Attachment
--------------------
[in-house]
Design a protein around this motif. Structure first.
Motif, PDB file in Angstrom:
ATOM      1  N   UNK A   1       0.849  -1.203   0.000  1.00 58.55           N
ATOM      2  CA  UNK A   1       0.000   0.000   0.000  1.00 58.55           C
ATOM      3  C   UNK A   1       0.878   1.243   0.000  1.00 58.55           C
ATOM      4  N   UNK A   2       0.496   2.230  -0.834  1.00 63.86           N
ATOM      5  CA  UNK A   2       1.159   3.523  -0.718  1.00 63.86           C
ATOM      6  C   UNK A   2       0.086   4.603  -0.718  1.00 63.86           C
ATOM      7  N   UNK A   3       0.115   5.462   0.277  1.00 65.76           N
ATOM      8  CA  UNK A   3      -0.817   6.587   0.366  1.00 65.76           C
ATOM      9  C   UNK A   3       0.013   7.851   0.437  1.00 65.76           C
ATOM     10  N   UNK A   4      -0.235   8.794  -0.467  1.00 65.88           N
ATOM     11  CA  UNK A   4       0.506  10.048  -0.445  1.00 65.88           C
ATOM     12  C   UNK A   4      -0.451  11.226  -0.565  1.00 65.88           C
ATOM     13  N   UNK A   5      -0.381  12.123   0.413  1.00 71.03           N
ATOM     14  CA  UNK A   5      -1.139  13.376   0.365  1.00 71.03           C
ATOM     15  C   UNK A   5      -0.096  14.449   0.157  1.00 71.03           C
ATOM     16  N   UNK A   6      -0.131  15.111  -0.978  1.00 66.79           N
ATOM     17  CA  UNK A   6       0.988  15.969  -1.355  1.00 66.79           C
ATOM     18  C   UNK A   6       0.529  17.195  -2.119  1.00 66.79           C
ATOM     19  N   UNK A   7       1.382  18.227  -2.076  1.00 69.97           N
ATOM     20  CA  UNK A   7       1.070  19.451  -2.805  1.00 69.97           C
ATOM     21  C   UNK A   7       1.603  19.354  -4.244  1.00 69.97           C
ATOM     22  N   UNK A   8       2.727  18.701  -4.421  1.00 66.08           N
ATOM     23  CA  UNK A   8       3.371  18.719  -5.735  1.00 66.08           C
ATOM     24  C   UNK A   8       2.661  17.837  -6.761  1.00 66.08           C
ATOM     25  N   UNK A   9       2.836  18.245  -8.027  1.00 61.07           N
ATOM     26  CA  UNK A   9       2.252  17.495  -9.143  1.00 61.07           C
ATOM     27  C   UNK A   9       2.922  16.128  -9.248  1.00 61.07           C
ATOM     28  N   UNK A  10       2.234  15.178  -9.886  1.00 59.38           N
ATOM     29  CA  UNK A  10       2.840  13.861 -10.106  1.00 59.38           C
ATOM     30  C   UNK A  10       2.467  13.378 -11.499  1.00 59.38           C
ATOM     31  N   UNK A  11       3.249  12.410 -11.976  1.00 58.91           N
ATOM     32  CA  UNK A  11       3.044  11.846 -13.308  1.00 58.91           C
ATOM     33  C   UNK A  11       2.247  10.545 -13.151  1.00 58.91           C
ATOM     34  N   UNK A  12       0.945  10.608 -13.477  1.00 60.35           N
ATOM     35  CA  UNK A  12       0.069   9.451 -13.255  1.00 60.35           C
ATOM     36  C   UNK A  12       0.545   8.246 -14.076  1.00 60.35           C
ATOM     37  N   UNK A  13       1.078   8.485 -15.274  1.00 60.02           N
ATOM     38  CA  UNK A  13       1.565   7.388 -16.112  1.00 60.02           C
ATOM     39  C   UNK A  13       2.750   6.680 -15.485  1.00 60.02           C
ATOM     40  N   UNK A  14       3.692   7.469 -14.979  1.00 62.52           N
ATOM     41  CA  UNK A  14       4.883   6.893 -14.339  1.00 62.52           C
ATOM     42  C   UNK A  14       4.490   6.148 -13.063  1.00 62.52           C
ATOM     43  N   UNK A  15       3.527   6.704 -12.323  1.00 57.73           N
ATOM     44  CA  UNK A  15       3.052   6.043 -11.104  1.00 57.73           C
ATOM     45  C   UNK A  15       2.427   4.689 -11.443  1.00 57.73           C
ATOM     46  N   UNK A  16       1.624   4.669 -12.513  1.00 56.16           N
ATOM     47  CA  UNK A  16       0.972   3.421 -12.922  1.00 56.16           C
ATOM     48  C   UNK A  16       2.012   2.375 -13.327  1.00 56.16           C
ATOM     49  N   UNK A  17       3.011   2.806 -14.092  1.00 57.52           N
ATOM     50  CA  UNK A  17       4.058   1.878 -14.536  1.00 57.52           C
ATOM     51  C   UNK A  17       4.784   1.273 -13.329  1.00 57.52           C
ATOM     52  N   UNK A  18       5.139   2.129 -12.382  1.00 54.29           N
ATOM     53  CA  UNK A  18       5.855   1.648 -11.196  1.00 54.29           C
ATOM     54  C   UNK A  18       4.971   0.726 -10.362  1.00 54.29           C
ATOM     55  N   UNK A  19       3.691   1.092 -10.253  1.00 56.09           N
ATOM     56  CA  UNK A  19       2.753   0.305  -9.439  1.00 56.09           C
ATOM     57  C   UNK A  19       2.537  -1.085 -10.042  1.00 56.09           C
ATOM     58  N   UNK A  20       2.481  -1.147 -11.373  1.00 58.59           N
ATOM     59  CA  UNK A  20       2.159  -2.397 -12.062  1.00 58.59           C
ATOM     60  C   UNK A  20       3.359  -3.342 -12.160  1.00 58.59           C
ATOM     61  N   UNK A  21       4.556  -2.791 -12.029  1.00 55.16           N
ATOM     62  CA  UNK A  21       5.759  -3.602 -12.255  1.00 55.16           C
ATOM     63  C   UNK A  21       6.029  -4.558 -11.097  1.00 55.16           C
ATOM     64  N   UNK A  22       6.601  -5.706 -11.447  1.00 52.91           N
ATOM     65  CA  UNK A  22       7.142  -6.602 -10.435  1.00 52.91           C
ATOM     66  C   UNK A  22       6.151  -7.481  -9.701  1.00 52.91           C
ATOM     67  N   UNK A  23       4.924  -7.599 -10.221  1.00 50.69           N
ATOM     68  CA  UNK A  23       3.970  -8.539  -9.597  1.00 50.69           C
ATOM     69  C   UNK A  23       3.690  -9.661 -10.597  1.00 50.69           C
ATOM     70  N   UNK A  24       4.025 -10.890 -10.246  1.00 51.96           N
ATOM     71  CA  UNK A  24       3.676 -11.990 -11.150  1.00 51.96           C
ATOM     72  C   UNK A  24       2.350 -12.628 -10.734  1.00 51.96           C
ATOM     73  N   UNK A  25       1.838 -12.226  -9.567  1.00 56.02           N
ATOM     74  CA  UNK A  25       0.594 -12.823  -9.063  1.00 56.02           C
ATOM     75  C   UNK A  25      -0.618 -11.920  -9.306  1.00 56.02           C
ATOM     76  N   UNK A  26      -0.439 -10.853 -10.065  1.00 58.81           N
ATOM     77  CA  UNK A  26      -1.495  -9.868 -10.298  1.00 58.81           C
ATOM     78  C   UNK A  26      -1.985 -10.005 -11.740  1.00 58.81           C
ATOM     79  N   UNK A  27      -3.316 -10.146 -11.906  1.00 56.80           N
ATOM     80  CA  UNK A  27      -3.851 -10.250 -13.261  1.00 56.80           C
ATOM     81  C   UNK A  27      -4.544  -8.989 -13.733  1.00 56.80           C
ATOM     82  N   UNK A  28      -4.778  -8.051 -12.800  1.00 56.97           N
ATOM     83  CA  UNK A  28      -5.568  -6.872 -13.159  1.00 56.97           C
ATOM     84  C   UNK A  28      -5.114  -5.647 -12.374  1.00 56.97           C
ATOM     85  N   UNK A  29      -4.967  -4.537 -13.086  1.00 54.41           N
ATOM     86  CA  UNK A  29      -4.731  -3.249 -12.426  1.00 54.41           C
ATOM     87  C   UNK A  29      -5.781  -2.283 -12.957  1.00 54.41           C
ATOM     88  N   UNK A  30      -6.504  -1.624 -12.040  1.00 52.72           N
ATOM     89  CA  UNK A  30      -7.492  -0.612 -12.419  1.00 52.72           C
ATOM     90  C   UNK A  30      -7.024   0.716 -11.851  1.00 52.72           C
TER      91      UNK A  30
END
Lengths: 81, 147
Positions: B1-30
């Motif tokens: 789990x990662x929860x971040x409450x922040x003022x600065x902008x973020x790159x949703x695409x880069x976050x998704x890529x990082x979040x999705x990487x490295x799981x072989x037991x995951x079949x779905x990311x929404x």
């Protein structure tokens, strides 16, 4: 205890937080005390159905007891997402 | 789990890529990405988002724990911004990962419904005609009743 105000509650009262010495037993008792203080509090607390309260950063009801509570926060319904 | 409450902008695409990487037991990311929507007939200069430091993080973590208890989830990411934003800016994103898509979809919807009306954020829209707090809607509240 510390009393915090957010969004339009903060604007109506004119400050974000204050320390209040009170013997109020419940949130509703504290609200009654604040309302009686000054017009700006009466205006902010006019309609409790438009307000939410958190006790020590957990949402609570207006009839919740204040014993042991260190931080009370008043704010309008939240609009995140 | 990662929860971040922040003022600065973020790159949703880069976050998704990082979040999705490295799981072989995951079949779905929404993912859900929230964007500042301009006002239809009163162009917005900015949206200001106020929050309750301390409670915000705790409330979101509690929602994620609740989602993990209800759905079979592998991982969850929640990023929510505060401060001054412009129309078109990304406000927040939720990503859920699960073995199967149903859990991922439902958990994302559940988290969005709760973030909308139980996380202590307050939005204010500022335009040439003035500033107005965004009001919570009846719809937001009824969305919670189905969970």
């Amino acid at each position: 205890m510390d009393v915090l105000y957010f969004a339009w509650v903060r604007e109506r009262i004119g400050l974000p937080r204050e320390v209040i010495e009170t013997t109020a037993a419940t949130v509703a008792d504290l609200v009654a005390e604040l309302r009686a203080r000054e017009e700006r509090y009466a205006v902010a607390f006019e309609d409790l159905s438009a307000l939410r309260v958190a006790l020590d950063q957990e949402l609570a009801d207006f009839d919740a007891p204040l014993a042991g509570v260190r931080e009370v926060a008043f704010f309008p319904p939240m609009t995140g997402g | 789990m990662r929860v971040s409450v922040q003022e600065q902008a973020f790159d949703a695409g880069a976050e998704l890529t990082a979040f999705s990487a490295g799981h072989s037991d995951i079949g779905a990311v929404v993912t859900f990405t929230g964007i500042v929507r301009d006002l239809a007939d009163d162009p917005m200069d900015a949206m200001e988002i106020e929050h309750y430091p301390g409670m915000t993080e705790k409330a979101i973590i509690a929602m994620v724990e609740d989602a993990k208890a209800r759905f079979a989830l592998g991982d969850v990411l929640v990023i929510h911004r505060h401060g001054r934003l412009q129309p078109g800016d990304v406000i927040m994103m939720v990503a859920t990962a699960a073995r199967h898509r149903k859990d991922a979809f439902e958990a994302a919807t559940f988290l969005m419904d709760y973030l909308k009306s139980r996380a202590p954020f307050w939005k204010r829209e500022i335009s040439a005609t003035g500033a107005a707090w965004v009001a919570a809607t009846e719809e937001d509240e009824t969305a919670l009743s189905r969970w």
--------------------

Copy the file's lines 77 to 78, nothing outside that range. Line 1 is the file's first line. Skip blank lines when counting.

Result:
ATOM     74  CA  UNK A  25       0.594 -12.823  -9.063  1.00 56.02           C
ATOM     75  C   UNK A  25      -0.618 -11.920  -9.306  1.00 56.02           C